Fragmented QRS was present in 32.5% of patients. Mean follow-up of the study was 40 ± 17 months for entire cohort. There was no significant difference in eventfree survival between patients with fQRS and without fQRS. Fragmented QRS was not associated with increased risk of all-cause mortality, arrhythmic mortality and non-arrhythmic mortality. Similar conclusions were drawn from studies by Forleo et al. [36].

5.2. Limitations of the Study

1) fQRS on a 12-lead ECG requires an optimal low pass filter setting (100 or 150 Hz). Fragmentation may be missed with a filter setting of 40 or 60 Hz. Apart from notching, slurring of fQRS may also represent myocardial scar.

2) The present definition of fQRS is being qualitative, preventing the incorporation of slurring in this phenomenon. A quantitative definition of fQRS with development of specific software is underway.

3) It is to be emphasized that fQRS is a nonspecific finding and should only be interpreted in the presence of pertinent clinical evidence of myocardial scar as in CAD or primary electrical abnormalities of depolarization such as Brugada syndrome.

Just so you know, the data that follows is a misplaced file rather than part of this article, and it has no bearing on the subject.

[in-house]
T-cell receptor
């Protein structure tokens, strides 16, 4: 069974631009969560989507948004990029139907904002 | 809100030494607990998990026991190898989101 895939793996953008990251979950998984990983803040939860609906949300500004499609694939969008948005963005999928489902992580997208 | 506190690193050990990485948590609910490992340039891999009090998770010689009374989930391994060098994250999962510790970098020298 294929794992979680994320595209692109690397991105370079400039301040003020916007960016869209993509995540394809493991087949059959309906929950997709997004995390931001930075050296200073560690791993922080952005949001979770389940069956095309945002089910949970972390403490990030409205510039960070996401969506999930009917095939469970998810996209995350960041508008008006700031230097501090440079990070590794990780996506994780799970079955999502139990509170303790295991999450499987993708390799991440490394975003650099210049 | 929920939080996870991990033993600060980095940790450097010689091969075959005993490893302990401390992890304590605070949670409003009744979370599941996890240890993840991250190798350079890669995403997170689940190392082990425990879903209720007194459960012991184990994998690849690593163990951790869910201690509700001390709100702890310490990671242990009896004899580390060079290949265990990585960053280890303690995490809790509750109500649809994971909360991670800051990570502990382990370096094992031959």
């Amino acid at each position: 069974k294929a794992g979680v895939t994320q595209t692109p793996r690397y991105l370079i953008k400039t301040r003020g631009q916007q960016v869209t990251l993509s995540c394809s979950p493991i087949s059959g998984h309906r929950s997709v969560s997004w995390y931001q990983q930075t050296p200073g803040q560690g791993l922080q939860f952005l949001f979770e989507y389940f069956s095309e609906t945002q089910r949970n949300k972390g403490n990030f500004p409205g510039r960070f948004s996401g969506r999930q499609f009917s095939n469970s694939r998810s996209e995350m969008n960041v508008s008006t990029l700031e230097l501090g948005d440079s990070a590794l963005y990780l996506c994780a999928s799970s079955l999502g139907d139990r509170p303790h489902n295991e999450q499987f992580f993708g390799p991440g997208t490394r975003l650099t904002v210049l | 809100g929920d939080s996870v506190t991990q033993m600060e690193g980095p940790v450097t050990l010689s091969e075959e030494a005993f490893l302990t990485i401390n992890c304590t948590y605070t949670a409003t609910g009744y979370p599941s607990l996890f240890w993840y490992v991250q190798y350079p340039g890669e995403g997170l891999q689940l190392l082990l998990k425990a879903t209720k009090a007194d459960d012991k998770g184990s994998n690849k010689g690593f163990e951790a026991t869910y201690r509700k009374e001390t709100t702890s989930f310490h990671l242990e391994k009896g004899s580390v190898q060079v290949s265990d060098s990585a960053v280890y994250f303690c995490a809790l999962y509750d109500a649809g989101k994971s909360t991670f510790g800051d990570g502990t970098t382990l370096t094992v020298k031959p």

4) The effects of different therapeutic strategies (thrombolysis or revascularization) on fQRS and prognosis of CAD patients need further studies.

5) Correlation between QRS fragmentation and the novel selvester QRS-score has to be established.

6) A further follow-up should be evaluated well as many researches did.

7) A larger population sampling supports such tools to increase its validity.

6. Acknowledgements

To the team work colleagues in Non-invasive unit of Cardiology Dept. El Minia University Hospital and the secretary employees of the department for easy call back and archiving process.


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List of Abbreviations

EF: Ejection Fraction NYHA: New York Health Association Classification MACE: Major Adverse Cardiac Events ACS: Acute Coronary Syndrome fQRS: Fragmented QRS-Complex in ECG ECG: Electrocardiography GE: General Electric ICD: Intracardiac Defibrillation Device CRT: Cardiac Re-Synchronization Therapy


*Funding Sources: All the study fees were sponsored by the governmental policies to support the research work in my university according to the established financial protocols.

Disclosures: None.

Ethics Approval: All patients wrote a written approval to be included in the research work.